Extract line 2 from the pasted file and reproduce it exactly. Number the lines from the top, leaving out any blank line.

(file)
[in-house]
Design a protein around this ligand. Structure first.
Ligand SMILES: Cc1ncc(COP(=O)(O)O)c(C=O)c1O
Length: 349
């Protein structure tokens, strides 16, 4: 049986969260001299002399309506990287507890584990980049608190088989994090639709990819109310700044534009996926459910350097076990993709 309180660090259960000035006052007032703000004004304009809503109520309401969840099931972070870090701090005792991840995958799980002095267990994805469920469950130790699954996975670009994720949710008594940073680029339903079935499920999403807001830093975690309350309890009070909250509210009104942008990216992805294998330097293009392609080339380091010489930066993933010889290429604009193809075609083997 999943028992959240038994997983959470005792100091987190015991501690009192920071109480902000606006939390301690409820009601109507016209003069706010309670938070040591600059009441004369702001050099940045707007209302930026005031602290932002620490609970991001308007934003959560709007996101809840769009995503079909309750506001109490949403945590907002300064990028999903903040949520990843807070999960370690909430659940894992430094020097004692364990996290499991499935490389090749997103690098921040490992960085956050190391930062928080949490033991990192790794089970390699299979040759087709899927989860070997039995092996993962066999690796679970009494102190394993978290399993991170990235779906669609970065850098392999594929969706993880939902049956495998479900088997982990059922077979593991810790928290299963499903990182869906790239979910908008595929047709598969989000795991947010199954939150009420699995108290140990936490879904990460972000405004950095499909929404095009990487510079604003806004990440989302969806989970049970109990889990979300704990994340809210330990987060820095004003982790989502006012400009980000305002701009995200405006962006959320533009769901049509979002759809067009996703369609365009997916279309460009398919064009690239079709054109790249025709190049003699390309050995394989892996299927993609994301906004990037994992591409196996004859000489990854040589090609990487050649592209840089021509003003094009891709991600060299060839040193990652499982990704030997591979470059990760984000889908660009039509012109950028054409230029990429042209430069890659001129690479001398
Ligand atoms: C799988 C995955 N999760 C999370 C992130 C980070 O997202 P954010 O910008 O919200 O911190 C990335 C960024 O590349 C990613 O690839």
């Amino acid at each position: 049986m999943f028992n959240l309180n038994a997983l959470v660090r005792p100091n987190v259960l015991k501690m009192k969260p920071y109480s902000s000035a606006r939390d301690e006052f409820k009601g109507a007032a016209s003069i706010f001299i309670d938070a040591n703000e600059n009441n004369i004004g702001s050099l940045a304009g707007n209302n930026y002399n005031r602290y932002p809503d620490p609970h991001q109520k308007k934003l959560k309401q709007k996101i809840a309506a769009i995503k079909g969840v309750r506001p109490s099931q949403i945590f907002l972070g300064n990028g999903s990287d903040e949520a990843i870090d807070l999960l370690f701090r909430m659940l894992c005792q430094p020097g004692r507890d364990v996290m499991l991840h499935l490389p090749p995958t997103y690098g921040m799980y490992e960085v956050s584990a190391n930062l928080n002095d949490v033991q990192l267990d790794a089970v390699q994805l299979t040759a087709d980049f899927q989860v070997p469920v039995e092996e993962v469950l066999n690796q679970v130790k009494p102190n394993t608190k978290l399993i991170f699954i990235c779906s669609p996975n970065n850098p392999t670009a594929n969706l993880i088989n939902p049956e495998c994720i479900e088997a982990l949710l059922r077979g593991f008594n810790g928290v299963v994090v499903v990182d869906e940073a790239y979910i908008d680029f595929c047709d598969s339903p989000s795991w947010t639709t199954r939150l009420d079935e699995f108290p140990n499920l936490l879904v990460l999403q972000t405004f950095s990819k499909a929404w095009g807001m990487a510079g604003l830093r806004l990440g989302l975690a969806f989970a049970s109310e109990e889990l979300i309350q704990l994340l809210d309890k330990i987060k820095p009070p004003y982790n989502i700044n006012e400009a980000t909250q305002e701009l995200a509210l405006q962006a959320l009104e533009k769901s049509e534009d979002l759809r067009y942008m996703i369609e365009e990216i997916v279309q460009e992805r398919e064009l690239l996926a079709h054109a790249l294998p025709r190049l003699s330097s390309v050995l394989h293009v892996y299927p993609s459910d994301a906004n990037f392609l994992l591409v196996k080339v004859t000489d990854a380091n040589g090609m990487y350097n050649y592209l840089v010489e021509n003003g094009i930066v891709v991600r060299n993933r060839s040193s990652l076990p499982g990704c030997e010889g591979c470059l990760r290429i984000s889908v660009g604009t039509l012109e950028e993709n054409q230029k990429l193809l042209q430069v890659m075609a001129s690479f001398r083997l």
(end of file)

Design a protein around this ligand. Structure first.